Decomposition Bitesize
https://www.bbc.co.uk/bitesize/guides/zqqfyrd/revision/1

A website explaining the basics of decomposition that includes an app creation activity and test for students.


Exploring Computational Thinking
https://edu.google.com/resources/programs/exploring-computational-thinking/#!ct-materials

Searchable Google collection of references, demonstrations, lesson plans, and explorations to Incorporate computational thinking (CT) and CS into your curriculum.


How to Code a Sandcastle (Paid Resource)
https://amzn.to/35qwGhV

This children's book tells a story of a girl coding a robot to build a sandcastle to introduce code, sequencing, loops, and decomposition. The elementary teachers in the CT4EDU project liked this book a lot.


Infusing Computing Podcast Series
https://wiobyrne.github.io/infusing-computing-pod/index.html

Podcast that talks with real teachers who are integrating CS and Computational Thinking into other disciplines and real-world contexts.


Integrating Computational Thinking
https://edtechbooks.org/k12handbook/computational_thinking

This digital book chapter includes videos and other resources that will help you integrate CT concepts including decomposition at any grade level.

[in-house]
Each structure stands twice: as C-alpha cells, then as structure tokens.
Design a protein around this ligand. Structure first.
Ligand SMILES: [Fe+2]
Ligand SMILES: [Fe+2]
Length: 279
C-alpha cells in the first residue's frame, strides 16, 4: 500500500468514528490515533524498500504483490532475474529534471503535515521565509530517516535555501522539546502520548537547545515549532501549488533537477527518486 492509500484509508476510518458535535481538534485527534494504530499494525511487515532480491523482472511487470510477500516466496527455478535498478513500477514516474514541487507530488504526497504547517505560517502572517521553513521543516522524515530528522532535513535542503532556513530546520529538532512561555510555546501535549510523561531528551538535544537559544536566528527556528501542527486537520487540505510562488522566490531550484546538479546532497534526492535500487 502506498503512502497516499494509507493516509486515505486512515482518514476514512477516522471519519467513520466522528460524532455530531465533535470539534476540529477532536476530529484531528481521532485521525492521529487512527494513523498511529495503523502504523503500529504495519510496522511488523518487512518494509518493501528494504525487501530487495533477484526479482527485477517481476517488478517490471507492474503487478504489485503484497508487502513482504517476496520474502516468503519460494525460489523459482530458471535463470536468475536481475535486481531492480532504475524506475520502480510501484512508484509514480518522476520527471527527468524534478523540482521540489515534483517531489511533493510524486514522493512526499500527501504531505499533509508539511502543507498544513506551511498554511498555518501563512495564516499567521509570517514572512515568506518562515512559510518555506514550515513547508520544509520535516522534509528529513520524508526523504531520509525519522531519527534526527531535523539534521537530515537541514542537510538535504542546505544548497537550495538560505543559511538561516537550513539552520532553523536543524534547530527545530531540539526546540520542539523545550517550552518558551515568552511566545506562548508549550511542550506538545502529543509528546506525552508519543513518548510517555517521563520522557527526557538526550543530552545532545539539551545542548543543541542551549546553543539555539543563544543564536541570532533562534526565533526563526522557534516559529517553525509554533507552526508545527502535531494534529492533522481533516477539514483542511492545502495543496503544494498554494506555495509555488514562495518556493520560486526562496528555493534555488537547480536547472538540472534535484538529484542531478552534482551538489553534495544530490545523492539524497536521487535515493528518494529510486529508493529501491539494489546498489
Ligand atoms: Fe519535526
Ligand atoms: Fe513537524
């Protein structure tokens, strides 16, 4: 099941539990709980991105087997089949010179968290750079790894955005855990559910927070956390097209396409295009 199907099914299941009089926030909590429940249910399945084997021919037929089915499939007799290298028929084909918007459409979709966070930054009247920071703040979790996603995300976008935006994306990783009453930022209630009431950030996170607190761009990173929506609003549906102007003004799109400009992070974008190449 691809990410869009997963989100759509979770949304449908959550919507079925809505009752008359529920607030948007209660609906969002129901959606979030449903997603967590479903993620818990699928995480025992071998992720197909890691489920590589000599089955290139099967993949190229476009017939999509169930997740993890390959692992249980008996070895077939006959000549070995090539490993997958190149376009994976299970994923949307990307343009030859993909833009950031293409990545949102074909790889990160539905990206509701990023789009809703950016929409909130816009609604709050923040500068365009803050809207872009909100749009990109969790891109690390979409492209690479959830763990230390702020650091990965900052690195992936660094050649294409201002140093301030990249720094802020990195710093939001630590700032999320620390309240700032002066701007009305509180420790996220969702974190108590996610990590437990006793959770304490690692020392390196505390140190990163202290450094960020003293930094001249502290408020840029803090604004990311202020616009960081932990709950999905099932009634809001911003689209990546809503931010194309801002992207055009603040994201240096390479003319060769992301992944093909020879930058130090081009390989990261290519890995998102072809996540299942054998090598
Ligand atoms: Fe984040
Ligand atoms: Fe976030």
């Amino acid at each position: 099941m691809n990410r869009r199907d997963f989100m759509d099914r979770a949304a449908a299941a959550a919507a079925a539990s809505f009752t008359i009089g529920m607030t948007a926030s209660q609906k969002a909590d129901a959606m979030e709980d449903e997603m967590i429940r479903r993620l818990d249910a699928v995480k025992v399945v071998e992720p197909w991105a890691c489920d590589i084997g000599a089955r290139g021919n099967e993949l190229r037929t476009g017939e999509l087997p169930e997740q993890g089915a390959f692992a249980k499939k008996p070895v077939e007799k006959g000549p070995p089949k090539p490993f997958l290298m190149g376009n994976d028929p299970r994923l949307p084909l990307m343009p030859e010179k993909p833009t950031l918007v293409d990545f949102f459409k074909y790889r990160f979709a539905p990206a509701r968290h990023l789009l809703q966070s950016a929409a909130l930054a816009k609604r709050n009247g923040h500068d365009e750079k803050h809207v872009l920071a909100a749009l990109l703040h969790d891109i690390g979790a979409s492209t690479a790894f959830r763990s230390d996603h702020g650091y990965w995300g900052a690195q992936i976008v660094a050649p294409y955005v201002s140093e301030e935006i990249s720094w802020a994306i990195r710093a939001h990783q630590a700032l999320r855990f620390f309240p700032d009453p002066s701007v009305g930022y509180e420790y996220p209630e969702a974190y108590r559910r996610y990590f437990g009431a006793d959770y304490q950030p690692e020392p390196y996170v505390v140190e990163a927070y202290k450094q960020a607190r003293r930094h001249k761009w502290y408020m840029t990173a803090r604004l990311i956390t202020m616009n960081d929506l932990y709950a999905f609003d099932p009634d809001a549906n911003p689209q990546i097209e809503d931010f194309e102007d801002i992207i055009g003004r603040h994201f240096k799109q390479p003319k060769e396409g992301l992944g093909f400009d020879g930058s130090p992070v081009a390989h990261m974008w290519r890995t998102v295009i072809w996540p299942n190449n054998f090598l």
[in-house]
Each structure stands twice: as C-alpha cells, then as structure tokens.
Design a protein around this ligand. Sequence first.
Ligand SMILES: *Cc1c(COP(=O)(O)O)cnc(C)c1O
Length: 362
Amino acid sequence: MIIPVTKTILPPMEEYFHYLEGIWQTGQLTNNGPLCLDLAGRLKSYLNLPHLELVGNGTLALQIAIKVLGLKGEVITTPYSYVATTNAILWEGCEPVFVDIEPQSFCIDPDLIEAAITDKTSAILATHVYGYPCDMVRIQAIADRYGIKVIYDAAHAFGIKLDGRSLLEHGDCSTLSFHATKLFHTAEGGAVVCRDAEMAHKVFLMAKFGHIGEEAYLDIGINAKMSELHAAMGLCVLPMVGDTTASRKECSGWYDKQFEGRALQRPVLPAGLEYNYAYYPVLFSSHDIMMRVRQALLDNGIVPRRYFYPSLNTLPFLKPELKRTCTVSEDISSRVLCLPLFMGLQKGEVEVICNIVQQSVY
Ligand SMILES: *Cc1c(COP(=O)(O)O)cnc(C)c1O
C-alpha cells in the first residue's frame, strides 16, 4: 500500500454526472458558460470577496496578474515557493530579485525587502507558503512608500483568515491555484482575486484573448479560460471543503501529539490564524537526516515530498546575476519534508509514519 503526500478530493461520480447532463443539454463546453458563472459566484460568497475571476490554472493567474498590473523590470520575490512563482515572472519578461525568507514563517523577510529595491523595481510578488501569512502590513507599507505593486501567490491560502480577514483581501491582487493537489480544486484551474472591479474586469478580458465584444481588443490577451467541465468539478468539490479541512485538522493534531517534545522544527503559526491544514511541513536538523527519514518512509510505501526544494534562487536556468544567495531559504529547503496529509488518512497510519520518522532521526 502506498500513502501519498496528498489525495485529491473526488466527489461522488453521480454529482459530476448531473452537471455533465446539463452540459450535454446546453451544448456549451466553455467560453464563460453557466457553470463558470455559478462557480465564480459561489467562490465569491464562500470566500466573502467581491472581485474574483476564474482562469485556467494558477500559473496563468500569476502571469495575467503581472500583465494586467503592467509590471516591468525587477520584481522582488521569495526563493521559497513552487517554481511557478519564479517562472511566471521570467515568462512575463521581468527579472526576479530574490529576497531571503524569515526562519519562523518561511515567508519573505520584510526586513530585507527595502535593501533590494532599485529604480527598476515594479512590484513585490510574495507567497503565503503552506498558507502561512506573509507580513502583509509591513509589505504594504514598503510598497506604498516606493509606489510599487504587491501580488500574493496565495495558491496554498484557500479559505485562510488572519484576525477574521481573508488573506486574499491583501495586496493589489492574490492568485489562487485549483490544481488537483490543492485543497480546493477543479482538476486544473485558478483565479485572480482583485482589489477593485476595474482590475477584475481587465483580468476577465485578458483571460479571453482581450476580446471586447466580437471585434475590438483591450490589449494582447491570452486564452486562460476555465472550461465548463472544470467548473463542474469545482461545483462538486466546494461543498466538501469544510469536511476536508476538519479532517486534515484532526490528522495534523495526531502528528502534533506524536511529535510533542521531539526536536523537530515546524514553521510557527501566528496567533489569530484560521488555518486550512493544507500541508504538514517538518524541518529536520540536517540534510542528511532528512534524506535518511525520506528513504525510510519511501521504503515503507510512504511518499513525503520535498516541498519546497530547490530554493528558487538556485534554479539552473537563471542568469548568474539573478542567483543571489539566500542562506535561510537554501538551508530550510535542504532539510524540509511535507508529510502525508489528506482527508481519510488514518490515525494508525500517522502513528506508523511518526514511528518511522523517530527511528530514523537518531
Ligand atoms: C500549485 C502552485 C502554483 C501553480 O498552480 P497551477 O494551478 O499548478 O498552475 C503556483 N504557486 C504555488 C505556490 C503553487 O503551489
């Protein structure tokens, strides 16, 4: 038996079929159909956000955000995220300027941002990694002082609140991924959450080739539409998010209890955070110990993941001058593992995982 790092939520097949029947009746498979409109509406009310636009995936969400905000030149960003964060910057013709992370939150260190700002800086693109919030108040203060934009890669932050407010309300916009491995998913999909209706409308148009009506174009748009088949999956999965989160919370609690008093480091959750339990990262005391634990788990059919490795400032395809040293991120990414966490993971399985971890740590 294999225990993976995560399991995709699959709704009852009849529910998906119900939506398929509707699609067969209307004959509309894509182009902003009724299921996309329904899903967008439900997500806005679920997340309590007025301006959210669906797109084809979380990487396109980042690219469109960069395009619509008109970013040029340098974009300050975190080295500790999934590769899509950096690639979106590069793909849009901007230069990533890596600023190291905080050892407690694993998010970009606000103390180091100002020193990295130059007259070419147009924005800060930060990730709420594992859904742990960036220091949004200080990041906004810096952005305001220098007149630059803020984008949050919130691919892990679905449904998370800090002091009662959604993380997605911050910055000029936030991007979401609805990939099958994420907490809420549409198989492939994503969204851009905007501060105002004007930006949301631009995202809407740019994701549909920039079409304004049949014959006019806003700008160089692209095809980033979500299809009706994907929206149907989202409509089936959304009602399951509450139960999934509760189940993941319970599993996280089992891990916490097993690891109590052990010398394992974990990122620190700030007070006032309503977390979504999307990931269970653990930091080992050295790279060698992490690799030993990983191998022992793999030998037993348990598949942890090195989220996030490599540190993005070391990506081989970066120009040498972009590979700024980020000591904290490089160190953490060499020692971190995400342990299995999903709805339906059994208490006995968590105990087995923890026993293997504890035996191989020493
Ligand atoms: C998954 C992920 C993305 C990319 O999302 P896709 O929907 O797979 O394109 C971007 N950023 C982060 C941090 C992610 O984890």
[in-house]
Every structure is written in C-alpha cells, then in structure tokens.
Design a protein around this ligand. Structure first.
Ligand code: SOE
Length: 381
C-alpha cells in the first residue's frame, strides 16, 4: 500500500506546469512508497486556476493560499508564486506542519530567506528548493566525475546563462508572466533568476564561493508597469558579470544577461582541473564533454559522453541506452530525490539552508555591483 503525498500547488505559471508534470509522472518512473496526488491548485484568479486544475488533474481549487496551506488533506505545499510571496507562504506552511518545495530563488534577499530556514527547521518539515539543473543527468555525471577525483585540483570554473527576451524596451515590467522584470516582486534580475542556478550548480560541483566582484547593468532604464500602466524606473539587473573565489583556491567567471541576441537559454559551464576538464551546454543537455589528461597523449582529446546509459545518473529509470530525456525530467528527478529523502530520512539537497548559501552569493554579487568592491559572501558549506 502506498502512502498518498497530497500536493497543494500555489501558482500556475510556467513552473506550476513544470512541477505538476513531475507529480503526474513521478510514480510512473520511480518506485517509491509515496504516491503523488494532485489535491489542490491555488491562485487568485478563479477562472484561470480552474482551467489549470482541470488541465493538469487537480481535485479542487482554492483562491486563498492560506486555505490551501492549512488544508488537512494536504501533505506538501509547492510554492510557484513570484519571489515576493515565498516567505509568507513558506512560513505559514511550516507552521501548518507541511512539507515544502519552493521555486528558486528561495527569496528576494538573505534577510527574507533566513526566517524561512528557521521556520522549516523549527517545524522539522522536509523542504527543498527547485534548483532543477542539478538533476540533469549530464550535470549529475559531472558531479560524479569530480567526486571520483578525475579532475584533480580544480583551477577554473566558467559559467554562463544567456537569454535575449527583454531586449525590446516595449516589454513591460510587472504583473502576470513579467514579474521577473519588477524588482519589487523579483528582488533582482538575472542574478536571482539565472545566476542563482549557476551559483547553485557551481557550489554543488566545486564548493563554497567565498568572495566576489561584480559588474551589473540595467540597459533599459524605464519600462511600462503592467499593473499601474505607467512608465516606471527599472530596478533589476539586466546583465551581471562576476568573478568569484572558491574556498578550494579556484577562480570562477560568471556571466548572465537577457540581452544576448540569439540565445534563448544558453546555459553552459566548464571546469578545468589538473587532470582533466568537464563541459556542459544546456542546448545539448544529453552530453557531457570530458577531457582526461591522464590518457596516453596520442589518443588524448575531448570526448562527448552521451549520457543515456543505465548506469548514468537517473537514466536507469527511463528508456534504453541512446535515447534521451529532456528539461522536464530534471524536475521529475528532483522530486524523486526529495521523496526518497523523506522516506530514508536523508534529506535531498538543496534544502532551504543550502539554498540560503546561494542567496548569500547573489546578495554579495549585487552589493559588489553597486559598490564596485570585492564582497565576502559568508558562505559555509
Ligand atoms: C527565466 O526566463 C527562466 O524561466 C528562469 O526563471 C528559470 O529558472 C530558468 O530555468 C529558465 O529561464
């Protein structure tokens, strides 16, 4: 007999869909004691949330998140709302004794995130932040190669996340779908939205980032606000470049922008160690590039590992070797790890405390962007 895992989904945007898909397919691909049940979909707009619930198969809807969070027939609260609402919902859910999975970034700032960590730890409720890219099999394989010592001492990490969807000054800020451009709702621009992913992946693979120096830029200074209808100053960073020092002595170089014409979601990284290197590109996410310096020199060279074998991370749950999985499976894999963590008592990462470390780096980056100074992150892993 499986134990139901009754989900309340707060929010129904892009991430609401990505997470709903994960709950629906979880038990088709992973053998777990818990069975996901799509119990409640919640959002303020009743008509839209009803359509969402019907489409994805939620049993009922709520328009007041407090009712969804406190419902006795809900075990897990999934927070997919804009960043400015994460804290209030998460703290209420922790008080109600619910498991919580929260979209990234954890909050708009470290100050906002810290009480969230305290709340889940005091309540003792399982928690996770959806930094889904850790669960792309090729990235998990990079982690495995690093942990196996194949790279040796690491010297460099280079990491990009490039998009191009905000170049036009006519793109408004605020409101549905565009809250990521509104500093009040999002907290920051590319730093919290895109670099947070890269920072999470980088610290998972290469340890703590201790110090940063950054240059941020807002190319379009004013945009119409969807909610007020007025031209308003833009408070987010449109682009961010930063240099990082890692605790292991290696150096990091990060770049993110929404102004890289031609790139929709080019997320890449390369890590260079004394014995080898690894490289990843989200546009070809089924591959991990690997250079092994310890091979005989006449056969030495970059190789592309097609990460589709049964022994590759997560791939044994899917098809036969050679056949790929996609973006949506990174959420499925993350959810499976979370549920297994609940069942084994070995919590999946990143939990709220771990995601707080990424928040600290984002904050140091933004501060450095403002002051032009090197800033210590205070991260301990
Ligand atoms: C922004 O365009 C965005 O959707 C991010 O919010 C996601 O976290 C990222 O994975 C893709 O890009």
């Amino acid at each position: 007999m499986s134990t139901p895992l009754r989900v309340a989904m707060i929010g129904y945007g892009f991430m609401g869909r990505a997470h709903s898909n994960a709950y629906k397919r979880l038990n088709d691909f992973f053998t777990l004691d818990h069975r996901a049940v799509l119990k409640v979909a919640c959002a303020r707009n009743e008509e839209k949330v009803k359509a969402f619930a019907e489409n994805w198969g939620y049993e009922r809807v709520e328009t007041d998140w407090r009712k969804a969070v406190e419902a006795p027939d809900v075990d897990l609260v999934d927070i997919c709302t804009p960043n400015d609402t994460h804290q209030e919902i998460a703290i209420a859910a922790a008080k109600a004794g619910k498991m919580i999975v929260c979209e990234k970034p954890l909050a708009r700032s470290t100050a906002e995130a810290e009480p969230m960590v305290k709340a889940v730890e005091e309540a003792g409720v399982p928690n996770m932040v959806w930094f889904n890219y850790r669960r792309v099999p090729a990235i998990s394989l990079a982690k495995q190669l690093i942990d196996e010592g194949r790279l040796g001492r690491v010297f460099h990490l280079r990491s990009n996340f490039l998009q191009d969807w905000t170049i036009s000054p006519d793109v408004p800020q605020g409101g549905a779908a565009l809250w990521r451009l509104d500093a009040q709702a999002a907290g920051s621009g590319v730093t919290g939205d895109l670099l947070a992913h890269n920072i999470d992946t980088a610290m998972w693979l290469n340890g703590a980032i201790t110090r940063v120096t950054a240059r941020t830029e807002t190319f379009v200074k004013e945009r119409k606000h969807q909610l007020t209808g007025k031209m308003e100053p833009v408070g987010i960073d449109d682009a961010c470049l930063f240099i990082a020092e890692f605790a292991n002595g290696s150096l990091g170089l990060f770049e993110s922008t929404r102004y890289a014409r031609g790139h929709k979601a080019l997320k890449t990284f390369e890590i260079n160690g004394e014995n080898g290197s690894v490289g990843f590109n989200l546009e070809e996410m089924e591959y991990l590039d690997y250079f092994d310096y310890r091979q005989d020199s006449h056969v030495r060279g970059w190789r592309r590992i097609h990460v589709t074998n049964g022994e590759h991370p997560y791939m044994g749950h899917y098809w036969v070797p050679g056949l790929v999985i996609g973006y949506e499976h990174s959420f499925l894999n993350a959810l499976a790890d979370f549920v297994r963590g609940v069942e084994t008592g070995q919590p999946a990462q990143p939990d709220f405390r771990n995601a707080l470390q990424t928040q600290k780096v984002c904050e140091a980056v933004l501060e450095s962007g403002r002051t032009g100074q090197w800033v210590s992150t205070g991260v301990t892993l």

Math Education: The Roots of Computer Science
https://www.edutopia.org/blog/math-education-roots-computer-science-lincoln-sedlacek

This article from Edutopia discusses how computer science and mathematics can be integrated.


Video: Break it Down
https://www.youtube.com/watch?v=oZ7XebAb9xI&list=PL_ym6QHjS1syp5u4XKsTKb0vnh0q2lnoj&index=9

Break it Down is a fun and funky song about breaking down problems into smaller pieces! Breaking down programming problems is a huge part of learning how to code. In this video, we use the example of baking a cake to show how to think about a big challenge as a series of smaller problems.


Video: Computations Thinking: Decomposition
https://www.youtube.com/watch?v=yQVTijX437c

Very detailed video from Curriki explaining decomposition. Great for a teacher who wants to learn more about decomposition in our world.


Video: Introduction to Decomposition
https://www.youtube.com/watch?v=rxsYpP2-omg&t=2s

Quick Video describing decomposition and giving everyday examples.

Earners
Jamie Fortman

Jamie Fortman
Erica Jensen

Erica Jensen
Erika Jorgensen

Erika Jorgensen
Megan Mohr

Megan Mohr
Shebree Moore

Shebree Moore
Kaylee Nygren

Kaylee Nygren
Melissa Price

Melissa Price
Courtney Pushcar

Courtney Pushcar
Melissa Rasmussen

Melissa Rasmussen
Jamy Shassetz

Jamy Shassetz

Wyoming Department of Education